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J Dermatol Sci. 2000 Feb;22(2):138-44.

Firm stroking of human skin leads to vasodilatation possibly due to the release of substance P.

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California Skin Research Institute, San Diego, CA 92128, USA.


Many animal species invest a large amount of time in grooming behavior without deriving any apparent benefit. In order for this behavior to have survived, however, it must confer some survival advantage. In seven of eight humans tested, an elevation in the skin's temperature was documented after massaging of the cheeks of the face. The elevation of the skin's temperature reached a plateau after about 40 min of massaging and was correlated to visible erythema. This effect could be inhibited by repeated pretreatment of the skin with topical capsaicin, a chemical that results in the release of substance P from peripheral nerve endings. Thus, it appears that the temperature elevation induced by stroking of human skin is controlled, at least in part, by release of the neurotransmitter, substance P. In conclusion, it appears that the release of neurotransmitter(s) may be the survival advantage that grooming confers to animals.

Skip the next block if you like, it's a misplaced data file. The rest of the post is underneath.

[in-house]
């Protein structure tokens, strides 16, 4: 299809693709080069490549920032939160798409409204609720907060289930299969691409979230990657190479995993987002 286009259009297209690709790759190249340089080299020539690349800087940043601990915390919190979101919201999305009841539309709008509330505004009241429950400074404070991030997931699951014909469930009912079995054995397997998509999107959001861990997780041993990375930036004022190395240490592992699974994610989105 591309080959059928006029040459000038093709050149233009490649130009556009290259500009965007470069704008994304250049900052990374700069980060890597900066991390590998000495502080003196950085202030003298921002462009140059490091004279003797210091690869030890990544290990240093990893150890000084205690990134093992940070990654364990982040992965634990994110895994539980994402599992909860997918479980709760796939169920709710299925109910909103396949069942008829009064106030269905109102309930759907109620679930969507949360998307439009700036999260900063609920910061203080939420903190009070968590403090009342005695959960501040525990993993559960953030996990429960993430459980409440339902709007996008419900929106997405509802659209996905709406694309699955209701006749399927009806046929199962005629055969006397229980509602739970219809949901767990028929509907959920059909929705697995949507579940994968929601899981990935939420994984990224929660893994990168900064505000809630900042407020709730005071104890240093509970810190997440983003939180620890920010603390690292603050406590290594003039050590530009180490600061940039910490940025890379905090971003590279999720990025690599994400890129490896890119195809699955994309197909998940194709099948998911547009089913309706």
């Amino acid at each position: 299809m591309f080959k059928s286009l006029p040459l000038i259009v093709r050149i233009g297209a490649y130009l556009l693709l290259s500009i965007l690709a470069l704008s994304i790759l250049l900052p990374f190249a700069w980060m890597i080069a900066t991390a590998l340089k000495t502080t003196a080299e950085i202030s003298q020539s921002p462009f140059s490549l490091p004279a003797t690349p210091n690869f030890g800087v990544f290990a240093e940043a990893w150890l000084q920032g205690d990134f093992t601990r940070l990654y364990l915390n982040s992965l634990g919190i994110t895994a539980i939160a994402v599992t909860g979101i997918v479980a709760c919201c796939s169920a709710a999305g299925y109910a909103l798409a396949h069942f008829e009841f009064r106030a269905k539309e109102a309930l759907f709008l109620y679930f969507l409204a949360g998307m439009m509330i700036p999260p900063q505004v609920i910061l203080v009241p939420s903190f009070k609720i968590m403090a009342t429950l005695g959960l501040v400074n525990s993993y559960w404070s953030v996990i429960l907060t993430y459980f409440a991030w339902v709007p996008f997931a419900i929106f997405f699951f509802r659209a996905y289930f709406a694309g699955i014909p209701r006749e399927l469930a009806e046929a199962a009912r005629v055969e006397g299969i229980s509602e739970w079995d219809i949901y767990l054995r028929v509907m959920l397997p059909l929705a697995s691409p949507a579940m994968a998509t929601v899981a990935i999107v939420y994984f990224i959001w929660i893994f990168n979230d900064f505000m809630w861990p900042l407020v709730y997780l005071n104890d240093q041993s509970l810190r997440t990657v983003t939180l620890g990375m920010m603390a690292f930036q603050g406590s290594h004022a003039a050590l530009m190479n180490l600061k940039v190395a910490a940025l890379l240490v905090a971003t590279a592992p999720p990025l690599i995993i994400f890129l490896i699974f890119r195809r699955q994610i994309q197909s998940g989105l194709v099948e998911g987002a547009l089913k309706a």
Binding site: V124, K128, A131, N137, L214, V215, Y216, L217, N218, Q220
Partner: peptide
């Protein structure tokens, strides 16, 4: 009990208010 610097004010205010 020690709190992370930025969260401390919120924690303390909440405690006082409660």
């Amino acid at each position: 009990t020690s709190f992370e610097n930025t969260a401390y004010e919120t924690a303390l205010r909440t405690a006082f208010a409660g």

[Indexed for MEDLINE]

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